Those Are Strong Words for a GM Executive
The General Motors Chairman, Thomas A. Murphy, waxed angry before his New York business audience a few days ago. He attacked Washington rumors that the Carter Administration may propose a tax on big, gas-guzzling automobiles as “one of the most simplistic, irresponsible and short-sighted ideas ever conceived” with effects that “the hip shooting marketeers of the Potomac probably didn’t consider.” These are strong words for a GM executive. Historically, GM has exuded dullness and blandness in the carefully modulated statements issued by its officials. The public tends to be less inquiring of a dull company and more curious about hot-headed corporate rhetoric and behavior.
Nowadays, however, GM’s top brass is feeling the heady winds of a record sales year, the legacy of eight years of Nixon-Ford regulatory permissiveness, and the faithful support of United Auto Worker leader Leonard Woodcock for the company’s anti-safety and pollution control positions.
BUT BEHIND the sound of GM’s ringing cash register, now grossing an average of over $4 million an hour, are signs that GM is losing touch with even knowing about its responsibilities. With the Republican honeymoon in Washington over, Carter’s new officials are finding a host of GM derelictions which invite law enforcement.
The Securities and Exchange Commission is evaluating GM’s recent admission of practices that range, in the Wall Street Journal’s words, “from possibly illegal political contributions to improper overseas payments.”
The Internal Revenue Service is investigating GM for possible criminal tax fraud. The company is alleged to have made improper writeoffs of a half billion dollars, leading to a suspected understatement of income and taxes during the past several years.
The Environmental Protection Agency has confirmed widespread violations of auto pollution control durability standards by GM (and other auto firms) that make a tragic mockery out of Mr. Murphy’s ridiculous assertion, to wit: “Actually, auto emissions have been so reduced that if every car on the road was (sic) a 1977 model, automobile air pollution would be virtually eliminated as a national problem.”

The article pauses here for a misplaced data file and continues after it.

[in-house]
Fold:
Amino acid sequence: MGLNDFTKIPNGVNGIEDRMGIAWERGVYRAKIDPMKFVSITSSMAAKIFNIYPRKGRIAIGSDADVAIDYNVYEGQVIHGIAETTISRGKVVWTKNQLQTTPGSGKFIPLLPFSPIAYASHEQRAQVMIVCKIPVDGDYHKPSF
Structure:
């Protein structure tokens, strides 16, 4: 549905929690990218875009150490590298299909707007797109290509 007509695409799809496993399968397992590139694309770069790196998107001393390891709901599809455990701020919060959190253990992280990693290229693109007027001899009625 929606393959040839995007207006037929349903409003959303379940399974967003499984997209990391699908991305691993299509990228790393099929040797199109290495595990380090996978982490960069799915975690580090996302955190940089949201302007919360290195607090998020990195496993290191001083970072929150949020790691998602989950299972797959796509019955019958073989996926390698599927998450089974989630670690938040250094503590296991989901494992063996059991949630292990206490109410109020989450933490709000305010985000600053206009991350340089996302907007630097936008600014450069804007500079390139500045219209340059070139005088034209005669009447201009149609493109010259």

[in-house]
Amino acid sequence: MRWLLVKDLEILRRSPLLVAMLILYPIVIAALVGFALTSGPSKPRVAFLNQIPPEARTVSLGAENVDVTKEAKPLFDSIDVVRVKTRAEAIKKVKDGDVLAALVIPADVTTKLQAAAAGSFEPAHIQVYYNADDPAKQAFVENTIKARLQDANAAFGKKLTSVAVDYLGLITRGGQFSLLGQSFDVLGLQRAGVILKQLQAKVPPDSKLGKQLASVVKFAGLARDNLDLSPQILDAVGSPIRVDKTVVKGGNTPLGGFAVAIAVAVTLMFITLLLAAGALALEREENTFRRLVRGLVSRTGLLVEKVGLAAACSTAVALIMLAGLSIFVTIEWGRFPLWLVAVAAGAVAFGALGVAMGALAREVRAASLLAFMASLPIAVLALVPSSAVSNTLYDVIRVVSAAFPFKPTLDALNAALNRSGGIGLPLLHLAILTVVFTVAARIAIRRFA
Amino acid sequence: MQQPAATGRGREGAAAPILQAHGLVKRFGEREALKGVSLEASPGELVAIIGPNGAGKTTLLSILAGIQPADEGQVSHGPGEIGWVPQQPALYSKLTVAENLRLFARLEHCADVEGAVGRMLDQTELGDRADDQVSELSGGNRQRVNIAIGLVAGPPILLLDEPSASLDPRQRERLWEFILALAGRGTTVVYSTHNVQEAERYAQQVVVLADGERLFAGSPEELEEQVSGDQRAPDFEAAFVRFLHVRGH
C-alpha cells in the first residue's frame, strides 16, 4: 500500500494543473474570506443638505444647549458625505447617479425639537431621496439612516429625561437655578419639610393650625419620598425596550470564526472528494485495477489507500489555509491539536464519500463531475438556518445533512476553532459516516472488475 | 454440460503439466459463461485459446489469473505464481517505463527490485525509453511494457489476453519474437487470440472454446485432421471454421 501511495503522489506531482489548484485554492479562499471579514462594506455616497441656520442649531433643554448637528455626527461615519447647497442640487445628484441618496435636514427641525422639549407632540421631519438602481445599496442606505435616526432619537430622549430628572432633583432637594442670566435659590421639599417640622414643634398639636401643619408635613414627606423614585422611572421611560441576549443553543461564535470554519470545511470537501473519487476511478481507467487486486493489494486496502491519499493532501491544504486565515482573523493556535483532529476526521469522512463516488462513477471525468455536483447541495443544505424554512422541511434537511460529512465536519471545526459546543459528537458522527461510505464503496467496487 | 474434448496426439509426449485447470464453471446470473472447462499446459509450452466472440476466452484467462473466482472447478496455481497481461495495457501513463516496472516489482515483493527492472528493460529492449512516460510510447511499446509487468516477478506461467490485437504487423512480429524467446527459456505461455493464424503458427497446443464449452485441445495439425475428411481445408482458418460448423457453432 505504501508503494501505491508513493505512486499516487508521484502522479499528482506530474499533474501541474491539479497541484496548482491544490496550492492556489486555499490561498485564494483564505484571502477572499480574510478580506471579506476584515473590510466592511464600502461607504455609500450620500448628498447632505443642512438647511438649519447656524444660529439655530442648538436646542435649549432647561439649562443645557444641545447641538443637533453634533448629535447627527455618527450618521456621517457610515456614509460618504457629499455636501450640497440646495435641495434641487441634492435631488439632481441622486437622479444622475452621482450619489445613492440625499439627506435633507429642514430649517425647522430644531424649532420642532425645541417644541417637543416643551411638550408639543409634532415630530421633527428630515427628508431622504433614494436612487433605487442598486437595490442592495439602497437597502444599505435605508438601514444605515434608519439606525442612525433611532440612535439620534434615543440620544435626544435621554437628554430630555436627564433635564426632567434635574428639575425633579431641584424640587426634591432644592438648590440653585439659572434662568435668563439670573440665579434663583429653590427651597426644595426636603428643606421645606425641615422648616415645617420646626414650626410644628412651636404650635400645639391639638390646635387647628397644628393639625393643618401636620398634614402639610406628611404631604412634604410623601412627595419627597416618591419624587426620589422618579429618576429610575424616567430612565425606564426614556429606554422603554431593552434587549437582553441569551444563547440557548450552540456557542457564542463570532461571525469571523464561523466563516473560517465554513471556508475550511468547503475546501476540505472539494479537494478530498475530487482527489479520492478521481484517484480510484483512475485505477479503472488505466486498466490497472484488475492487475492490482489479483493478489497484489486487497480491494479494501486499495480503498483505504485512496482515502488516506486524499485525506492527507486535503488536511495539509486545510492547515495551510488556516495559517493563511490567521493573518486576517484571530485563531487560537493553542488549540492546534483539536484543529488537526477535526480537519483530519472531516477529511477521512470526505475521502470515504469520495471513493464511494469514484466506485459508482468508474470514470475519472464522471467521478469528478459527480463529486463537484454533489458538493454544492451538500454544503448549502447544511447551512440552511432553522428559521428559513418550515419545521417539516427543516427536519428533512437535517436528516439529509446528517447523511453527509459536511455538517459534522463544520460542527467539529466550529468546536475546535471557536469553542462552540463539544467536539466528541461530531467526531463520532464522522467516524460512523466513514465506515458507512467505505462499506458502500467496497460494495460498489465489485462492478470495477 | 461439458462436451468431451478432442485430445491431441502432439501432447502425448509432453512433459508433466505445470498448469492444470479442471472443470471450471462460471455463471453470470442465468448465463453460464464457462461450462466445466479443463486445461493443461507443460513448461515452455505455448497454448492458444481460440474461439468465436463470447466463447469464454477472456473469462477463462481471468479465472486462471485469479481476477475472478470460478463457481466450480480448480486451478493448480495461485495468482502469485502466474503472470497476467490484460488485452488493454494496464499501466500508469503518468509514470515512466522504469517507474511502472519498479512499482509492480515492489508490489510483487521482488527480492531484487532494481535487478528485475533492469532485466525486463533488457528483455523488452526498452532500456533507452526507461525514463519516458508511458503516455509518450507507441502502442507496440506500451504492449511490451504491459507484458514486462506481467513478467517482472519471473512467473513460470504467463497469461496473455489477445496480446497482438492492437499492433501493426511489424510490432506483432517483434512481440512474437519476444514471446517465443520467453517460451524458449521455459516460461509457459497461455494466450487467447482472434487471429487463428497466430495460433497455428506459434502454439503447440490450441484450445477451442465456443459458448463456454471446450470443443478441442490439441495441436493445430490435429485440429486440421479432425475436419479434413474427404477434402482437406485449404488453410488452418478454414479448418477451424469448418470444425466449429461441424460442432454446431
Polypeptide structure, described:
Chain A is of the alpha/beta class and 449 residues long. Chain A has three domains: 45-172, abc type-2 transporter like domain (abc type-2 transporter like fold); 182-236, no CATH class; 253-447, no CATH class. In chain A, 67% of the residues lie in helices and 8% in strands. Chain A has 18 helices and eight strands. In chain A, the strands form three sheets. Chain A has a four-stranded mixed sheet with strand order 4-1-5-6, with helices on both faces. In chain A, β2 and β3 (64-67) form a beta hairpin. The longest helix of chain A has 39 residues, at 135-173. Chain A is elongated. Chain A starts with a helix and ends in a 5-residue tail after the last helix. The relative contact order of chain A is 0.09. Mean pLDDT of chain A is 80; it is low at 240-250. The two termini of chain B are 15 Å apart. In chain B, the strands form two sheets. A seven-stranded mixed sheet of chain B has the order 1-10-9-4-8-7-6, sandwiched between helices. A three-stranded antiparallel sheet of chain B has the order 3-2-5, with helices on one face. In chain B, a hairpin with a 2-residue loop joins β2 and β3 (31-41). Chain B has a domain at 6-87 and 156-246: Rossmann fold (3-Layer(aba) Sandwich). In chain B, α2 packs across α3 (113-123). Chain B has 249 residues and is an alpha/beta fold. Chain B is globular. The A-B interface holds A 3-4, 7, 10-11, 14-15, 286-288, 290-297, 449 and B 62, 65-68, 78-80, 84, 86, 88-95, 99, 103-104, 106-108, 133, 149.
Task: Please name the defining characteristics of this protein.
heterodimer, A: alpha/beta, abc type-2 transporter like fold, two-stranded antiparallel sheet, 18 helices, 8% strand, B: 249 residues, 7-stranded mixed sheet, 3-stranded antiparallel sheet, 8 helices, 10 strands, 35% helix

Not only are controls over harmful nitrogen oxides all but non-existent, but the devices to control carbon monoxides and hydrocarbons fail or deteriorate long before their 50,000 miles of required performance.
THE NIXON-FORD imposed moratorium on auto safety progress is over. It will be replaced by a greater adherence to the broad enforcement of the life-saving auto safety laws. GM opposition to automatic restraint systems on cars is being challenged by no less than two former top GM executives, Edward Cole and John DeLorean. It is likely that the Department of Transportation will soon reverse the Ford Administration and mandate these automatic systems for new cars.
The UAW leadership will pass to the hands of Douglas Fraser this summer. Mr. Fraser is expected to be a strong advocate of both worker and consumer interests. This change is policy would be a reversal of Mi. Woodcock’s lobbying at the side of GM which has puzzled many UAW staff members.
None of those changes in trends seems to be deflating GM’s current arrogance. Few happenings illustrate this point better than the unfolding flap over Olds mobiles sold with Chevrolet engines.
Tens of thousands of consumers who unknowingly bought Olds with Chevy engines are now being mistakenly told by GM that the engines are interchangeable in quality and value. But the price to consumers of an Olds and a Chevrolet are not interchangeable.
Besides having been deceived, Olds’ owners are finding out more details about the Great Engine Switch. According to official fuel economy guides, the Olds with Chevy engines get one to two miles per gallon (mpg) less. This difference results in an increase to the consumer of over $500 over the 1 car’s life.
In addition, motorists have learned that Olds dealers tell them they can’t supply parts or services for these Chevy engines. Nor are Olds manuals fully applicable to transplanted Chevy engines.
One defrauded consumer, L.A. Wilson of Pittsburgh, was caught, along with millions of other purchasers, by one of GM’s many tricky, unannounced midyear price increases. This one, switched “steel belted radial tires” from standard equipment at $86 in extra cost. Mr. Wilson expressed his frustration with GM by remarking, “I can sweep back the Atlantic Ocean with a broom easier than I can move GM “
GM isn’t budging yet. The company refuses to replace the cars or even refund the price difference between engines. Several state attorneys general are suing GM for fraud, the Federal Trade Commission is investigating, and outraged motorists are filing lawsuits themselves. The Center for Auto Safety, 1223 DuPont Circle Bldg., Wash., D.C. 20036, believes there is similar widespread sneaking of Chevrolet engines into Pontiacs and Burks. The Center’s staff wants to receive your complaints about this engine switching and will provide you with details.